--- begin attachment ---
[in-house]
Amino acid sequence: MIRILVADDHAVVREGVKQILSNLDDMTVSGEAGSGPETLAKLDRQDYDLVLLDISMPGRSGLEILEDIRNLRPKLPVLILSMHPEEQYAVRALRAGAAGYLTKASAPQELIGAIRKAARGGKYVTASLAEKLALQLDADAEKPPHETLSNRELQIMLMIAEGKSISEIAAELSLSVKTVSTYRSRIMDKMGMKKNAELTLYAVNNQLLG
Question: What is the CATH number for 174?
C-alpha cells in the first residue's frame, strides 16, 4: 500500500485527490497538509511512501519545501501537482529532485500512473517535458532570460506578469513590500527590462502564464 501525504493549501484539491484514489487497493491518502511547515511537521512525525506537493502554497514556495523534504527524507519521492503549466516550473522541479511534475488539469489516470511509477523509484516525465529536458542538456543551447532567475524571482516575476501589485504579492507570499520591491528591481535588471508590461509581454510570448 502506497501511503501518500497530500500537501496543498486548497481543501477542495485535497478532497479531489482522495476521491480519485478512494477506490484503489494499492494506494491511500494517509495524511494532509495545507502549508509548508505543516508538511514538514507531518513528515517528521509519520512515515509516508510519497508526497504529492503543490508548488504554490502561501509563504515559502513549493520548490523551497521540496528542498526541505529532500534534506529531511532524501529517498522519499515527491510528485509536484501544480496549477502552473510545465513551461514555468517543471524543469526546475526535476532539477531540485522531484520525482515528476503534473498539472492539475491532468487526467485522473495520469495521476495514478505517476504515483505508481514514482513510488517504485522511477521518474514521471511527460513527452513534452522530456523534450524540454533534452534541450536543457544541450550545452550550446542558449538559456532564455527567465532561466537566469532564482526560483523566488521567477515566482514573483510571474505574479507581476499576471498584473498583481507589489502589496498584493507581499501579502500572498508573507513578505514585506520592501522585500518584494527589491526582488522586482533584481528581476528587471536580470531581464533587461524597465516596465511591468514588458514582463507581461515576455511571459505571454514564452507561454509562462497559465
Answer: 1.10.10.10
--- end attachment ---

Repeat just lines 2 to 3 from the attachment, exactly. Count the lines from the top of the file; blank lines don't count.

Amino acid sequence: MIRILVADDHAVVREGVKQILSNLDDMTVSGEAGSGPETLAKLDRQDYDLVLLDISMPGRSGLEILEDIRNLRPKLPVLILSMHPEEQYAVRALRAGAAGYLTKASAPQELIGAIRKAARGGKYVTASLAEKLALQLDADAEKPPHETLSNRELQIMLMIAEGKSISEIAAELSLSVKTVSTYRSRIMDKMGMKKNAELTLYAVNNQLLG
Question: What is the CATH number for 174?